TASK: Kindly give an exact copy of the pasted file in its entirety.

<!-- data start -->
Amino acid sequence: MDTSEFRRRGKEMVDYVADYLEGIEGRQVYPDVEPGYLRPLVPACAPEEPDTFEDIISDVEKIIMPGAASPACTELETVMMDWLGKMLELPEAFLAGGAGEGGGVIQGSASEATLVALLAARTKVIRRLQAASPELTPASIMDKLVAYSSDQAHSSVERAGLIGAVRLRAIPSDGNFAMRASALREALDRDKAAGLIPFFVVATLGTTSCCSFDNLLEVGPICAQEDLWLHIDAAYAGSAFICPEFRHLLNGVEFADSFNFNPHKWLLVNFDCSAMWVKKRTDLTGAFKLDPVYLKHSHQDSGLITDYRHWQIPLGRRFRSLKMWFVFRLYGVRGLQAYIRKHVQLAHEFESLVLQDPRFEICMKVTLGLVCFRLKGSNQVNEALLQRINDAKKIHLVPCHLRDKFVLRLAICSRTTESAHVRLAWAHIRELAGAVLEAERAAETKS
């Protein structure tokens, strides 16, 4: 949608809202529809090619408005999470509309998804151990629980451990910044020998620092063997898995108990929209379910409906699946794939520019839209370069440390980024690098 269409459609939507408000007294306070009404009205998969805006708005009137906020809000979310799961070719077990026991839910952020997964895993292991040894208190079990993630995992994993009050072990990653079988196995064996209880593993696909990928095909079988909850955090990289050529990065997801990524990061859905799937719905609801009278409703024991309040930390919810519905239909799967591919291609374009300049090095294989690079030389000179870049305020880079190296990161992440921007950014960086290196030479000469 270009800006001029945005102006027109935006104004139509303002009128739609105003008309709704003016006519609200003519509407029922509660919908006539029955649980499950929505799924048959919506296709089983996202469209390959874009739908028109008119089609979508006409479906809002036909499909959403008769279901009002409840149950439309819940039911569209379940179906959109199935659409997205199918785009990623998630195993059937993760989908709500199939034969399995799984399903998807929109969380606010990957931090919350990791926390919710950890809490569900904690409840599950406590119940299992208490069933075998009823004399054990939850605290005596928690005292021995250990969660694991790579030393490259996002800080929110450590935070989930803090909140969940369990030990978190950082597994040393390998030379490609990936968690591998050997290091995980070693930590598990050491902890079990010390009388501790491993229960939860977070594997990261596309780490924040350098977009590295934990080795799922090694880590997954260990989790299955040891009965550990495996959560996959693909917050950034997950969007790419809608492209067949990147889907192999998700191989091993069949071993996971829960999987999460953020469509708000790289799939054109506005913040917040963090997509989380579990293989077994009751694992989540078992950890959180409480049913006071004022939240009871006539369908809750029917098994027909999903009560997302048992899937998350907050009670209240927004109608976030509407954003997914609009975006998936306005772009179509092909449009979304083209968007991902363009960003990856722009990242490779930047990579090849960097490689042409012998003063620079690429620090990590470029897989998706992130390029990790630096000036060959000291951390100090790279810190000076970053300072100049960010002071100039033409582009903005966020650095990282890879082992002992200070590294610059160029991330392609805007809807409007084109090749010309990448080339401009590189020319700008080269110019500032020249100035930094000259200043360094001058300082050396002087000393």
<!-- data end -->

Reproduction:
Amino acid sequence: MDTSEFRRRGKEMVDYVADYLEGIEGRQVYPDVEPGYLRPLVPACAPEEPDTFEDIISDVEKIIMPGAASPACTELETVMMDWLGKMLELPEAFLAGGAGEGGGVIQGSASEATLVALLAARTKVIRRLQAASPELTPASIMDKLVAYSSDQAHSSVERAGLIGAVRLRAIPSDGNFAMRASALREALDRDKAAGLIPFFVVATLGTTSCCSFDNLLEVGPICAQEDLWLHIDAAYAGSAFICPEFRHLLNGVEFADSFNFNPHKWLLVNFDCSAMWVKKRTDLTGAFKLDPVYLKHSHQDSGLITDYRHWQIPLGRRFRSLKMWFVFRLYGVRGLQAYIRKHVQLAHEFESLVLQDPRFEICMKVTLGLVCFRLKGSNQVNEALLQRINDAKKIHLVPCHLRDKFVLRLAICSRTTESAHVRLAWAHIRELAGAVLEAERAAETKS
């Protein structure tokens, strides 16, 4: 949608809202529809090619408005999470509309998804151990629980451990910044020998620092063997898995108990929209379910409906699946794939520019839209370069440390980024690098 269409459609939507408000007294306070009404009205998969805006708005009137906020809000979310799961070719077990026991839910952020997964895993292991040894208190079990993630995992994993009050072990990653079988196995064996209880593993696909990928095909079988909850955090990289050529990065997801990524990061859905799937719905609801009278409703024991309040930390919810519905239909799967591919291609374009300049090095294989690079030389000179870049305020880079190296990161992440921007950014960086290196030479000469 270009800006001029945005102006027109935006104004139509303002009128739609105003008309709704003016006519609200003519509407029922509660919908006539029955649980499950929505799924048959919506296709089983996202469209390959874009739908028109008119089609979508006409479906809002036909499909959403008769279901009002409840149950439309819940039911569209379940179906959109199935659409997205199918785009990623998630195993059937993760989908709500199939034969399995799984399903998807929109969380606010990957931090919350990791926390919710950890809490569900904690409840599950406590119940299992208490069933075998009823004399054990939850605290005596928690005292021995250990969660694991790579030393490259996002800080929110450590935070989930803090909140969940369990030990978190950082597994040393390998030379490609990936968690591998050997290091995980070693930590598990050491902890079990010390009388501790491993229960939860977070594997990261596309780490924040350098977009590295934990080795799922090694880590997954260990989790299955040891009965550990495996959560996959693909917050950034997950969007790419809608492209067949990147889907192999998700191989091993069949071993996971829960999987999460953020469509708000790289799939054109506005913040917040963090997509989380579990293989077994009751694992989540078992950890959180409480049913006071004022939240009871006539369908809750029917098994027909999903009560997302048992899937998350907050009670209240927004109608976030509407954003997914609009975006998936306005772009179509092909449009979304083209968007991902363009960003990856722009990242490779930047990579090849960097490689042409012998003063620079690429620090990590470029897989998706992130390029990790630096000036060959000291951390100090790279810190000076970053300072100049960010002071100039033409582009903005966020650095990282890879082992002992200070590294610059160029991330392609805007809807409007084109090749010309990448080339401009590189020319700008080269110019500032020249100035930094000259200043360094001058300082050396002087000393």